There is much more, however, than just the reputation of the two teams involved in a game that ultimately makes up the football odds. NFL odds are set based on what the public is likely to bet.
NFL odds will have the marquee teams favored most of the time. For example, the New England Patriots from 2001-2004 were one of the most profitable teams on the NFL odds board, beating the spread at well over a sixty-percent clip in that time span. Then add to the fact that they had won three Super Bowl championships in those four seasons, including back-to-back in 2003-2004 and you have a team that the mainstream gambling public had at the very top of their list. The NFL odds makers, knowing how the public perceived New England, over-charged gamblers who wanted to take the Patriots at the start of 2005, and as a result of this the Patriots won just four of their first eleven games against the football odds. The last few games of the season the Patriots bounced back versus the NFL odds, but that was only after crushing their followers early in the season.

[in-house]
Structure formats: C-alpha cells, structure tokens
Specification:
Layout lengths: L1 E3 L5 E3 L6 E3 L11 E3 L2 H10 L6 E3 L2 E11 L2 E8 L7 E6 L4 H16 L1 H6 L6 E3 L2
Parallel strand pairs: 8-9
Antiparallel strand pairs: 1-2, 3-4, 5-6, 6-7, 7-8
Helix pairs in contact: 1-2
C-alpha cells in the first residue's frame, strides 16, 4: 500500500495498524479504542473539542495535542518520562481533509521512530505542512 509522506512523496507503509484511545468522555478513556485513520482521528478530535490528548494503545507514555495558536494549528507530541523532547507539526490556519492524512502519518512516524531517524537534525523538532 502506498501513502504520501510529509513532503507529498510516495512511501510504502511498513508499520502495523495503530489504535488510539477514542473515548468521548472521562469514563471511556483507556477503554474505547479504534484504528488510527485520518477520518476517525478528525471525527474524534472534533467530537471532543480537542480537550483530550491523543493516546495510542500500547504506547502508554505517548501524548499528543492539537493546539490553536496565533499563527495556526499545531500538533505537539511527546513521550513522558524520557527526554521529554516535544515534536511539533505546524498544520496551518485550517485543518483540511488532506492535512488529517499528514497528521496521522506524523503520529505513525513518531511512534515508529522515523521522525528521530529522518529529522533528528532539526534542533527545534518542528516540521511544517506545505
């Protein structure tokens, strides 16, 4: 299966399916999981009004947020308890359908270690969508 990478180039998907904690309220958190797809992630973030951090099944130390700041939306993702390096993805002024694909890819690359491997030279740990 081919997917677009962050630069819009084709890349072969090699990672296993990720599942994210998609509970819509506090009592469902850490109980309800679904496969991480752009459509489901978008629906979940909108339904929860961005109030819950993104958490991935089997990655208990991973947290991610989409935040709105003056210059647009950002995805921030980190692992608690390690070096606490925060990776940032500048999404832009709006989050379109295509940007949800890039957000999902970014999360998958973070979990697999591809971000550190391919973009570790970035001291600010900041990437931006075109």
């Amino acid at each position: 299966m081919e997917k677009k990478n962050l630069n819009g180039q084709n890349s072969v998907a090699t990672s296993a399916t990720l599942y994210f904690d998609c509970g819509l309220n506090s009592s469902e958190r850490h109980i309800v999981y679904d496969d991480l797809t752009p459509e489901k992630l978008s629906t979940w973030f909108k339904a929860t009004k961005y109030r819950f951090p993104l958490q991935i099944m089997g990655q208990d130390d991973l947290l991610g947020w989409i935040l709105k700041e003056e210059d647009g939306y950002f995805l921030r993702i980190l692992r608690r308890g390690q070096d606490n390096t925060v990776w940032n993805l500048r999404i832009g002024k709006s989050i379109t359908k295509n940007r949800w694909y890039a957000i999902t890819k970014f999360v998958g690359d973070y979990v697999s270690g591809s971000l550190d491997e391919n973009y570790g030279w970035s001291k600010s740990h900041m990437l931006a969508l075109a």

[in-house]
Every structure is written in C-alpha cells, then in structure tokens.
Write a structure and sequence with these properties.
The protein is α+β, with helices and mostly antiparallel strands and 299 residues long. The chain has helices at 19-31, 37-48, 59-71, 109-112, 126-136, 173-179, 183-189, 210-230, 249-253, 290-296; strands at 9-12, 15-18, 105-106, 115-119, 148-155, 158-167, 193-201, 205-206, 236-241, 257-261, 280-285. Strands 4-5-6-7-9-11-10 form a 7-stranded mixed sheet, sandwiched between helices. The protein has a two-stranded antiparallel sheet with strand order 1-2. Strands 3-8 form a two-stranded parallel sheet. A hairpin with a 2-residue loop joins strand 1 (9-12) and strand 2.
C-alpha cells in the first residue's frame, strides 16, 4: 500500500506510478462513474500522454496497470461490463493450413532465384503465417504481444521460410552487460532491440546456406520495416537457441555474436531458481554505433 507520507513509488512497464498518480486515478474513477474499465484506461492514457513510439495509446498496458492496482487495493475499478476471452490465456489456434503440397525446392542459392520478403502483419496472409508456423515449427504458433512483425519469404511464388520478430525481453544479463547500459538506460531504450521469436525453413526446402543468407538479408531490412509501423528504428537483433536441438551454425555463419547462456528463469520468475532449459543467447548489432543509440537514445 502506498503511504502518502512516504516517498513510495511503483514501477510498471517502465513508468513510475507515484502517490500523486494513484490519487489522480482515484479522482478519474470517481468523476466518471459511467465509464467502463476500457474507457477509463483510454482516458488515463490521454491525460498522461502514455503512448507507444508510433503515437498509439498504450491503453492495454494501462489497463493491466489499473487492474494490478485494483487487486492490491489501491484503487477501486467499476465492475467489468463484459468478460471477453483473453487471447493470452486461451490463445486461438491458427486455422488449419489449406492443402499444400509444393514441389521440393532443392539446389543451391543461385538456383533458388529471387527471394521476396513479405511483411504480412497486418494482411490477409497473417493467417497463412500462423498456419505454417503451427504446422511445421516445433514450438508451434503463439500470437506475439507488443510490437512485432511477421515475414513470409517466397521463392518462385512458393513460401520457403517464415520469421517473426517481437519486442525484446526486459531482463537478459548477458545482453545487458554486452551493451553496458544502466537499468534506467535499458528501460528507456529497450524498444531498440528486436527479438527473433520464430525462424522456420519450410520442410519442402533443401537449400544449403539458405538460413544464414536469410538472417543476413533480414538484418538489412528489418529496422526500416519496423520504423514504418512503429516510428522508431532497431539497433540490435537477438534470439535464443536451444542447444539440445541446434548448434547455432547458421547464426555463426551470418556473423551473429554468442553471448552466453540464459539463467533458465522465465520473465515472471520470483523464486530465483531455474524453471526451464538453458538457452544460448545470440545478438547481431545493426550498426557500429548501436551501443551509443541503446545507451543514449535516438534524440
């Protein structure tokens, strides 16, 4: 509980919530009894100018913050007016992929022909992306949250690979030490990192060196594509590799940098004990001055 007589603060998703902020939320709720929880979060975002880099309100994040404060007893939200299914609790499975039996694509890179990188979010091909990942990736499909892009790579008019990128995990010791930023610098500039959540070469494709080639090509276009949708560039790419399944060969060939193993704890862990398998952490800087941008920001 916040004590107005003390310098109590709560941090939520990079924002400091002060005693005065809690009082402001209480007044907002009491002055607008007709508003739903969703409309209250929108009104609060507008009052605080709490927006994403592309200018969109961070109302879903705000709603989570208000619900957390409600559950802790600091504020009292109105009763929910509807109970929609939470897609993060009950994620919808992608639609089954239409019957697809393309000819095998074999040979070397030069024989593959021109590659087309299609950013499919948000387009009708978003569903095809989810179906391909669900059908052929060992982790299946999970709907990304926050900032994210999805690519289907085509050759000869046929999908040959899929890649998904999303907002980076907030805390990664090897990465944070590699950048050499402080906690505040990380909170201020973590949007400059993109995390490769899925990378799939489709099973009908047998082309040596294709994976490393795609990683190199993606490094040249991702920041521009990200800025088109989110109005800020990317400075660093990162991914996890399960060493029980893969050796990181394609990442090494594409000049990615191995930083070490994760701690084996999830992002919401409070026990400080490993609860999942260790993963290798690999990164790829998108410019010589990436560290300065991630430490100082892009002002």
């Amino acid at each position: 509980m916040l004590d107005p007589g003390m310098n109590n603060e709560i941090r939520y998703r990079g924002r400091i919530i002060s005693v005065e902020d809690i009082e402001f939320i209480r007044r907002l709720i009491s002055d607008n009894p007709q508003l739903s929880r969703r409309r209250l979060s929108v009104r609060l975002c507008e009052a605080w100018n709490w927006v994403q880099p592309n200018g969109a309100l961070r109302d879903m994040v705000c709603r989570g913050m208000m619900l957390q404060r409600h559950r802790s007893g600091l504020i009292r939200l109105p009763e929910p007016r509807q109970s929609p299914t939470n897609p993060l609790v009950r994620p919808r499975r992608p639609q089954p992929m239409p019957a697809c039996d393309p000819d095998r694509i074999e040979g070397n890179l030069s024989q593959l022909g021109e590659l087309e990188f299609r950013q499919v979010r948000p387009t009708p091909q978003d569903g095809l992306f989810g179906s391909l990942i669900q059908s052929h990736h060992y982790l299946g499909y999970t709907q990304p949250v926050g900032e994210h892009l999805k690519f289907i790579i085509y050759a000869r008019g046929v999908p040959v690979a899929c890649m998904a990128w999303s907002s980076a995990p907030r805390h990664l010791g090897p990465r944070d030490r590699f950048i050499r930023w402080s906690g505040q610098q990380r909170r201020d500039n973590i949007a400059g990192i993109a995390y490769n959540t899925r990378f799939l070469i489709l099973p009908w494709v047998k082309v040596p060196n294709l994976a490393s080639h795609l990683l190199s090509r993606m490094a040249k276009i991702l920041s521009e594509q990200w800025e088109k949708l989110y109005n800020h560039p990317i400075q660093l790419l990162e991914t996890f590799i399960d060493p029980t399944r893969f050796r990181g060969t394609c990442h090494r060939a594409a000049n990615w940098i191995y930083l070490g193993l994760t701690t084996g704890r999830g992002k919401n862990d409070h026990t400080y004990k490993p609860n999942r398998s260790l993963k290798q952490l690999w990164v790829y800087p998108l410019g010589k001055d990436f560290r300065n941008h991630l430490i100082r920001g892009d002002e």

That example shows exactly what happens with NFL odds all the time. The NFL odds makers will start to overcharge gamblers for popular teams. In that previous example the NFL odds makers lowered the price on the Patriots after the public finally got off them. This type of reaction in NFL odds happens with teams like New England, Indianapolis, Dallas, Pittsburgh and others.
What does all this tell you about perception in NFL odds? It says that the public perception of a team is a good thing to go against in football odds. Once you are on the bandwagon with everyone else you better realize it is time to get off. Once public perception is with a team in football odds you better realize that team has lost value and is no longer a good bet. Conversely, when the public gets off a team you might want to seriously consider taking them in their next game. It is all about perception.